Shalom Habayit. Shalom Aleinu: A Plea for Peace and Understanding

“Why can’t we all just get along?” - Rodney King

Few people could have greater justification to cry out for vengeance than Rodney King.  Videotape captured five Los Angeles police officers beating the African-American construction worker, with several other officers standing by without taking any action to stop the beating.  Four of the officers were charged with assault with a deadly weapon and the use of excessive force.  Three of the four were acquitted on all counts.  The fourth was acquitted on the deadly weapon charge with the jury unable to reach a verdict on the use of excessive force.  The four were subsequently tried in Federal court for violating Mr. King’s civil rights.  After the subsequent verdict, which sent two of the officers to jail, there were riots in the streets of Los Angeles.  At which time, Mr. King went on television to ask for peace, saying, “Can’t we all just get along?”

In parashat Ki Tetzei, Moses teaches us, almost as an afterthought, “do not hate an Edomite because he is your brother.”  This teaching is understandable.  After all, even an estranged brother who has wronged me is still my brother.  But then, in a leap hard to grasp for many of us, the Torah goes on to teach, “Do not hate an Egyptian, because you were a stranger in his land.” (23:8)

What?  How can we help but hate those who enslaved us?  Whose king demanded that “every male Israelite born be thrown into the Nile”?  There must be a deeper meaning to these words!  How could we be expected to develop good relations with such a mortal enemy?  Which do we do?  Do we recall our suffering in Egypt (l’maan tizkor et yom tzetcha m’eretz mitzrayim) or do we “not hate an Egyptian”?

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When I studied at Yeshiva University, hundreds of us would rush to the cafeteria after morning class to quickly get our lunches so we could make it to our afternoon shiur on time.  As you can imagine, the line could grow very long.  There, standing behind the counter, dishing out daily helpings of whatever was on the menu was a gentle Holocaust survivor, Mr. Weber.   To this day, so many years later, I can still hear his voice prompting us along, “Move de (the) line, move de line.”

Over the many years of my life, his constant refrain has become integral to my life’s philosophy.  For, to me, he was not simply asking us not to slow down the line.  He was telling us not to get stuck in a tough spot and, by extension, not to remain mired in the bitterness of the inevitable challenges and disappointments we all face; not to bear grudges for the rest of our lives.  We all have to “move de line.”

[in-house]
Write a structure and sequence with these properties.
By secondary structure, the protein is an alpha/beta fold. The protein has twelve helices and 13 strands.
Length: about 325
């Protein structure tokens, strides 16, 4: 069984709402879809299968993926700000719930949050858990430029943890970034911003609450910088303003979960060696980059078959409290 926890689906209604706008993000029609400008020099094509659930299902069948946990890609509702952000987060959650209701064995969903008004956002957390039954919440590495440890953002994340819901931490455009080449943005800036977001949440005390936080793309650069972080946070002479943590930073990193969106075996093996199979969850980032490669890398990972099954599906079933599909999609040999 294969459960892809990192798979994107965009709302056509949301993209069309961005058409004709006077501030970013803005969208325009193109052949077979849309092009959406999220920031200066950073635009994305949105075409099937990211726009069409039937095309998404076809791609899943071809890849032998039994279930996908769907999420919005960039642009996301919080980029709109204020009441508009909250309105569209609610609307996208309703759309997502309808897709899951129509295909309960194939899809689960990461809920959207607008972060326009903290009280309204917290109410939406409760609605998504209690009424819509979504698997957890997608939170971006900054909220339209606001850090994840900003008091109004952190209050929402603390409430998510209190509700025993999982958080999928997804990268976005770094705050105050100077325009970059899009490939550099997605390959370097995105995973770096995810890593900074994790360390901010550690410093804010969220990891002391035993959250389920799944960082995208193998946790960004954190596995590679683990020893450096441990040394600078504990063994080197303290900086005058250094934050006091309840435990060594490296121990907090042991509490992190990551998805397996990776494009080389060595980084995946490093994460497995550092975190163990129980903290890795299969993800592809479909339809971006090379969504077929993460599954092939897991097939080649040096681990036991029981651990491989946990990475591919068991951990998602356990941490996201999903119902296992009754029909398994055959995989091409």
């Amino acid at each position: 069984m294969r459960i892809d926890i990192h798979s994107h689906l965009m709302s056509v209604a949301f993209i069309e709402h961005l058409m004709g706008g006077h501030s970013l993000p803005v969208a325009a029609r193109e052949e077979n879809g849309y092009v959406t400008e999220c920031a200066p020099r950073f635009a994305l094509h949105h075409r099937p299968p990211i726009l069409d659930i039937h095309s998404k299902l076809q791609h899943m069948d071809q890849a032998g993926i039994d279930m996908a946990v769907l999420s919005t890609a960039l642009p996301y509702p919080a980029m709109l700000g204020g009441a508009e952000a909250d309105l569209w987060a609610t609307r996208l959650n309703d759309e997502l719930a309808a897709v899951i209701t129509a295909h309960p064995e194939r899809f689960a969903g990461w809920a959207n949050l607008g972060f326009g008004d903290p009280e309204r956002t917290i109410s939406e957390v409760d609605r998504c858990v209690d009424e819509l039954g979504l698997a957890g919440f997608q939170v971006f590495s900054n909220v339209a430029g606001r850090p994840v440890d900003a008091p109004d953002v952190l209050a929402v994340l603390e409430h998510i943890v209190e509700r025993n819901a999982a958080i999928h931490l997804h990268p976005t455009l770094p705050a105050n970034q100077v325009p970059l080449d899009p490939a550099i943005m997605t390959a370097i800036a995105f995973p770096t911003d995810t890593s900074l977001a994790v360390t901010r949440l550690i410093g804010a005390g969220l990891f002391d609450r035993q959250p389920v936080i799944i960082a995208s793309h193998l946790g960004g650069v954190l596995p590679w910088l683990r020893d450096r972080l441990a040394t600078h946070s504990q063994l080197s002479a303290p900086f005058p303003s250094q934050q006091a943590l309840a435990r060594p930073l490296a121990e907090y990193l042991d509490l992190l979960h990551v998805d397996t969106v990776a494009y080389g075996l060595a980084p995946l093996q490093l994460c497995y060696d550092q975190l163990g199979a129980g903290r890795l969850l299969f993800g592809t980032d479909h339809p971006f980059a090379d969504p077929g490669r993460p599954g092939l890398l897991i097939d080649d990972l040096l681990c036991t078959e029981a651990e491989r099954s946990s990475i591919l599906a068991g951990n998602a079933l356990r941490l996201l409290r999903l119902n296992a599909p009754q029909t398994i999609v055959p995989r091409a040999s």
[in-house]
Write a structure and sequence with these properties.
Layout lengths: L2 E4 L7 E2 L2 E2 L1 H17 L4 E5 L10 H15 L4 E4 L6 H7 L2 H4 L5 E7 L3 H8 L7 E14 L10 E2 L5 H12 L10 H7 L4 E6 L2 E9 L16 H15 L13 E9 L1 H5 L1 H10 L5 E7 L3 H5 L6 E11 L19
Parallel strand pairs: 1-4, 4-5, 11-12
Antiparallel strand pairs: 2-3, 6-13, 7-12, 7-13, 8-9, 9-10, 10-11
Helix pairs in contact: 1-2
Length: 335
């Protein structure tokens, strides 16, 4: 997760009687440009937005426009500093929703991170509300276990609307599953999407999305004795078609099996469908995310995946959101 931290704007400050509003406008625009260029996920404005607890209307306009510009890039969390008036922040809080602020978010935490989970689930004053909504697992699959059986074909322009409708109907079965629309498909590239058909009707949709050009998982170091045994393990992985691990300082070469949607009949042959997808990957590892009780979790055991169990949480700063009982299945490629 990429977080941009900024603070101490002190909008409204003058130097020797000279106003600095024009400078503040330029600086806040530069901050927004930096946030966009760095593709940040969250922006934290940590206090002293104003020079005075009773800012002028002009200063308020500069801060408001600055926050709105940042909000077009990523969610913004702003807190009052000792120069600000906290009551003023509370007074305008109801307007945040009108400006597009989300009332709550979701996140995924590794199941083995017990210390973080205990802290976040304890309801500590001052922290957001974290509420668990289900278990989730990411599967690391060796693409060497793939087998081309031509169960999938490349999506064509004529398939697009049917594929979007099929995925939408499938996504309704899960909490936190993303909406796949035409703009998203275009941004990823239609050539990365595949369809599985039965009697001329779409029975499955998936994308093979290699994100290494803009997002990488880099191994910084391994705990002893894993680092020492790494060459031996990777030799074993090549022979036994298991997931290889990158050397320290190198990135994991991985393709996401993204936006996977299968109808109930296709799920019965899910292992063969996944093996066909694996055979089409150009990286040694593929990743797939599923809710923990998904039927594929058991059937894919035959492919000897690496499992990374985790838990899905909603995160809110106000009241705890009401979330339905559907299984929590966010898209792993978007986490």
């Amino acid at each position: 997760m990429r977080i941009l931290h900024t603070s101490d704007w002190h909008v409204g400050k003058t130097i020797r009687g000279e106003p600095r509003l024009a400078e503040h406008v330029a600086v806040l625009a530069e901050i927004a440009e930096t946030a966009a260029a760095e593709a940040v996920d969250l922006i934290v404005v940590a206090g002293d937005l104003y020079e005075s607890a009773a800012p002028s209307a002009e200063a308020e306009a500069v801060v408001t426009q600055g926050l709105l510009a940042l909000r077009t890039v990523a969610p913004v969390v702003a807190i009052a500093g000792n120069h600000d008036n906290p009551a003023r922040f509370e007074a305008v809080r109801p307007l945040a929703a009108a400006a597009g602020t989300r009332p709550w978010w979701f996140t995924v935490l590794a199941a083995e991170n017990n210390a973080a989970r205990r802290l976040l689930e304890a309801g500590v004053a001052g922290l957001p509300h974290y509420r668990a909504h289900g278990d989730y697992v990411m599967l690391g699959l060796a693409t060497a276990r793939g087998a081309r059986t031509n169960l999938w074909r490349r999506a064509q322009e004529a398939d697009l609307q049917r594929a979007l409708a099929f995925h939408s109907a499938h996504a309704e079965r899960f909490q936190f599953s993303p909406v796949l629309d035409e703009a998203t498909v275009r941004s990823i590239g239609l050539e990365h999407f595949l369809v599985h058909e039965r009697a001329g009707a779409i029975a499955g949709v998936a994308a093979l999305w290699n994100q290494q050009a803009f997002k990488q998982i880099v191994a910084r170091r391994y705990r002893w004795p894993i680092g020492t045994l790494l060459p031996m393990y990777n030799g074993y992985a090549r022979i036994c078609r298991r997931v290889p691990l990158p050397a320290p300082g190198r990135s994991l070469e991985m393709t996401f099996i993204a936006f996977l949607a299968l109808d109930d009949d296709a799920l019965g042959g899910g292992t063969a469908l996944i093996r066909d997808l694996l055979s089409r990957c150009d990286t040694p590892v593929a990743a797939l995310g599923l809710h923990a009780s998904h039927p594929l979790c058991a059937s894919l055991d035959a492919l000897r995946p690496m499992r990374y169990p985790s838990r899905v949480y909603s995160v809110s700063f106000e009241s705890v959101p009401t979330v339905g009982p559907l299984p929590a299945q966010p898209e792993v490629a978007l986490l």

“Moving de line” means letting go of the negatives that hold us back; letting go of the things that enslave us, that humiliate us, that degrade us.  Ironically, until we can let go of those things, we will remain enslaved – even long after our captors have set us free!  We need to “move de line” if we are to forge new paths and realize new goals.

Hurt begets hurt.  Anger begets anger.  Hate begets hate.

If you want to move de line, you have to let go of hurt and anger.  If your “captor” allows you to go free, the least you can do grant yourself the same grace.  As long as you continue to be enslaved by negativity, you can know no freedom, you cannot embark on a new beginning.  You are stuck.

As Chief Rabbi Jonathan Sacks eloquently teaches, “To be free, you have to let go of hate. That is what Moses is saying. If they continued to hate their erstwhile enemies, Moses would have taken the Israelites out of Egypt, but he would not have taken Egypt out of the Israelites. Mentally, they would still be there, slaves to the past. They would still be in chains, not of metal but of the mind – and chains of the mind are the most constricting of all.”

But what of all the mitzvoth recalling yetziat mitzrayim – including those recalled on Shabbat, when laying tefillin, putting on our tzitzit or reciting the ancient truths at our Seders?  In truth, there is no hate, no rage, no call for revenge or retaliation – not even a shred of negativity – in any of these mitzvoth.  Instead, they focus on the positive – remember!  Remember.  Learn.  Grow.

Move de line.

Rav Soloveitchik views the Egyptian exile and suffering as the, “…experience which molded the moral quality of the Jewish people for all time.”  Rather than embitter us, our experience in Egypt and subsequent emancipation teaches us not to hate and retaliate, but rather teaches us, “…ethical sensitivity, what it truly means to be a Jew.  It sought to transform the Jew into a rachaman, one possessing a heightened form of ethical sensitivity and responsiveness.”